and the banker figures it out later, you will lose some credibility
and the banker will have a bad first impression of you and the deal.
The best loan applications are very simple and easy to read. You
application is not judged by the pound! If the application is too
cumbersome to read, the lender my turn it down just to get rid of
it. After all, bankers are just people, and people like things that
are easy to use.
Remember that banks dislike things that are not routine. Be aware
that you will not get a favorable response on a property that only
has three months worth of accounting, or a rent roll that is missing
half the tenants. Sometimes, however, that is all you have to work
with. So present it in its best light and appear confident. Remember
that getting a loan is often a volume business, and don’t be
discouraged by rejection. Just think “on to the next lender!”
HOW TO FIND A LENDER
Finding a lender is not as easy as it sounds. There are plenty of
banks out there, but very few of them will even consider a mobile
home park loan. When starting your lender search, it is imperative
to pre-qualify candidates to make sure that you don’t waste your
time. Most loan officers will tell anybody to send in their
application, just to appear busy to their boss. Ask them if they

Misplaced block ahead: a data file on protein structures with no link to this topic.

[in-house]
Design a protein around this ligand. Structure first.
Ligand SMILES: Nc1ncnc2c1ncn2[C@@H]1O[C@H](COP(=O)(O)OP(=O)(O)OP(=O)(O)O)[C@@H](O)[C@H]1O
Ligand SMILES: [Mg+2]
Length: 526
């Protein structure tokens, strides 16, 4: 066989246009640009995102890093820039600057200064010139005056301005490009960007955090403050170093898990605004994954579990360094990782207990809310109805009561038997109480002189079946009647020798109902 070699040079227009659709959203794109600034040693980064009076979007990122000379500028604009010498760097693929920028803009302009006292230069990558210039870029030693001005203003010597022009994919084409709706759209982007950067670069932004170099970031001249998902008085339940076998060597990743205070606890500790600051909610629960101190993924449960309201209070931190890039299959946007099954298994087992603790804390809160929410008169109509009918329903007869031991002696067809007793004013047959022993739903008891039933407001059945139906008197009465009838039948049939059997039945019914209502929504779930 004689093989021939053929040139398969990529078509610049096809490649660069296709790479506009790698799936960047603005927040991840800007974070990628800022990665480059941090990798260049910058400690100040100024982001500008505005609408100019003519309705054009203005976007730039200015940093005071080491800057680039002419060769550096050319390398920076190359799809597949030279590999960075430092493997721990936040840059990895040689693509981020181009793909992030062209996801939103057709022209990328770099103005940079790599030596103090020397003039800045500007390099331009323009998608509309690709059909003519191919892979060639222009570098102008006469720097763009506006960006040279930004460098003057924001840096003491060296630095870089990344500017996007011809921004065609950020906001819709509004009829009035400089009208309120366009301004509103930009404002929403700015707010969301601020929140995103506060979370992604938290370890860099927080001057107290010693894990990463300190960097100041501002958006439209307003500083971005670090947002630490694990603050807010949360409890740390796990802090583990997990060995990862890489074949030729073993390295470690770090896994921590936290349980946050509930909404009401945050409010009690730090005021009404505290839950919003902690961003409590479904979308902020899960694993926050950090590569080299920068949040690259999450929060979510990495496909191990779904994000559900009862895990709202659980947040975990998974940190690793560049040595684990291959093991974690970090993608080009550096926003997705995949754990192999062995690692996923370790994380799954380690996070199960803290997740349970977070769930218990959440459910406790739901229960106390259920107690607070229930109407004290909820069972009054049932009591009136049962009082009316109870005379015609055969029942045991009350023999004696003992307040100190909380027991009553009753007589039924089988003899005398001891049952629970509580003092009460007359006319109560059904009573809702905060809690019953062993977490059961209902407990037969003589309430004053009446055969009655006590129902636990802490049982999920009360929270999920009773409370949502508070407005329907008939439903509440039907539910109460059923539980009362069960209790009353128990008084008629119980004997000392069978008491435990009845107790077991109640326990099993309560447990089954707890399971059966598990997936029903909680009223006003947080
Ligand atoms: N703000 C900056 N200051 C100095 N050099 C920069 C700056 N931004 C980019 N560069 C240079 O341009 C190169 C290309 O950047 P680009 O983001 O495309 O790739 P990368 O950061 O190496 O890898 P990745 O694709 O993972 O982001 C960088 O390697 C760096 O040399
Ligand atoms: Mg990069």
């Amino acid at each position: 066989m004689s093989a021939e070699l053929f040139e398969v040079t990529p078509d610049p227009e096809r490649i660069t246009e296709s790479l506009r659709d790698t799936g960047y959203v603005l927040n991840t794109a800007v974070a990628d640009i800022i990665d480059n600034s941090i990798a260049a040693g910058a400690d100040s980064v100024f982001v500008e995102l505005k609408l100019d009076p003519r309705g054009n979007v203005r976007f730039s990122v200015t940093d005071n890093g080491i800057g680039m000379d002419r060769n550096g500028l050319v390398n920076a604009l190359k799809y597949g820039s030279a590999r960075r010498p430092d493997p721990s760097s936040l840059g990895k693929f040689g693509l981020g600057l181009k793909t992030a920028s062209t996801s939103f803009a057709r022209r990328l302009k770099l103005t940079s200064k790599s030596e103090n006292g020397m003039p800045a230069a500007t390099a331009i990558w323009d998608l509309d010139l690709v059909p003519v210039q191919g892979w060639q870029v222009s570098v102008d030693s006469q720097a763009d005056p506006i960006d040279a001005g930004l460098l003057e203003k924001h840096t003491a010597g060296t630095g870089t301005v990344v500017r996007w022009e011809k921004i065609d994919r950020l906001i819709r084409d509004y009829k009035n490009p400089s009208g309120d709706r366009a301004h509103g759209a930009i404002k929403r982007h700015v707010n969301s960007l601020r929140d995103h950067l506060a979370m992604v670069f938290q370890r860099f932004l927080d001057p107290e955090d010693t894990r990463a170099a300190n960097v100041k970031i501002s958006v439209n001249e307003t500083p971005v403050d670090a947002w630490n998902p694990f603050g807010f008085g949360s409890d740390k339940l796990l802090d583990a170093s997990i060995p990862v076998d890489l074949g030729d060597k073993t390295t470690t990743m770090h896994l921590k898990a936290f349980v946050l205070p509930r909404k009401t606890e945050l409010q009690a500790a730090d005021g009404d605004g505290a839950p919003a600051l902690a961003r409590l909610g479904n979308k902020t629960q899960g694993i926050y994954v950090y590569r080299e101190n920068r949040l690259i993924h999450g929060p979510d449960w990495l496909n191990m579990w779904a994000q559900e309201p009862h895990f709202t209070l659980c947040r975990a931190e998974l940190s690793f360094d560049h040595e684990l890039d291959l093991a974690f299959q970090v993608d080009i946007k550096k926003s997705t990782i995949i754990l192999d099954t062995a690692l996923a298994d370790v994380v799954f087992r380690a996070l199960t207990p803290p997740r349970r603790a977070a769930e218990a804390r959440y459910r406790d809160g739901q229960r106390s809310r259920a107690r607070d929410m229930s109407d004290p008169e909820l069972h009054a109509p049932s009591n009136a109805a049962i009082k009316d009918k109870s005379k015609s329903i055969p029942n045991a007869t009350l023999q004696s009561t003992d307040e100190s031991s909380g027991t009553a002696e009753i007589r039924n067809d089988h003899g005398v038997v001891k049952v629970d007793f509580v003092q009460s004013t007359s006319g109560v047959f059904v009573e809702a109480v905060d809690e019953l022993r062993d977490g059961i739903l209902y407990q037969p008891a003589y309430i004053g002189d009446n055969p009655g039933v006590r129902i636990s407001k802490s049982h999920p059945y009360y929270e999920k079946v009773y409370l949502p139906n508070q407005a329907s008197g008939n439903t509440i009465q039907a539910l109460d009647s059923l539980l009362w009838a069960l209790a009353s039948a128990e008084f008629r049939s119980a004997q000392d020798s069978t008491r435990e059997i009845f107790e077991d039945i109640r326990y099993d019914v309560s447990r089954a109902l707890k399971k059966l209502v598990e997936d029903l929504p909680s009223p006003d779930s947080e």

have ever made a mobile home park loan before. If not, then the odds
are pretty bad. One of the best shots at getting a loan is often the
largest bank in the small town the park is located in (assuming your
park is not in a big city).
You can also get an advantage in finding a bank from looking in the
industry trade publications for lenders who advertise or are
mentioned in them. These are often large, national banks that
actively do commercial loans. However, they often have very large
minimum loan sizes – often $1,000,000 or more.
Another, and often best, option is to use a loan broker.
These brokers do almost all of the work for you. They assemble the
list of prospective banks, help you build your application, and
present it to the banks on your behalf. They then help you gather
the responses and help you negotiate rate and terms. And, for all
this work, they only get paid 1-2% of the loan amount – and only in
the event that it successfully closes. We are so sold on the concept
of loan brokers and use them almost exclusively.
If you are looking to get a quote from one
of the lenders we have used or recommend, then fill out the short
form below to be contacted by potential lenders and brokers.
Like riding a bicycle, the worst part about getting your first
mobile home park loan is not knowing what to do. Once you understand
and master the process, it becomes completely routine.
To maximize your loan, it is important that you know exactly which
banks in the U.S. offer the best terms at the moment, and which
banks are making loans in your area. Since it is impossible for most
laymen to invest the time necessary to know this information, it is
often in your best interests to use a loan broker.
Remember than everyone who ever bought a mobile home park, from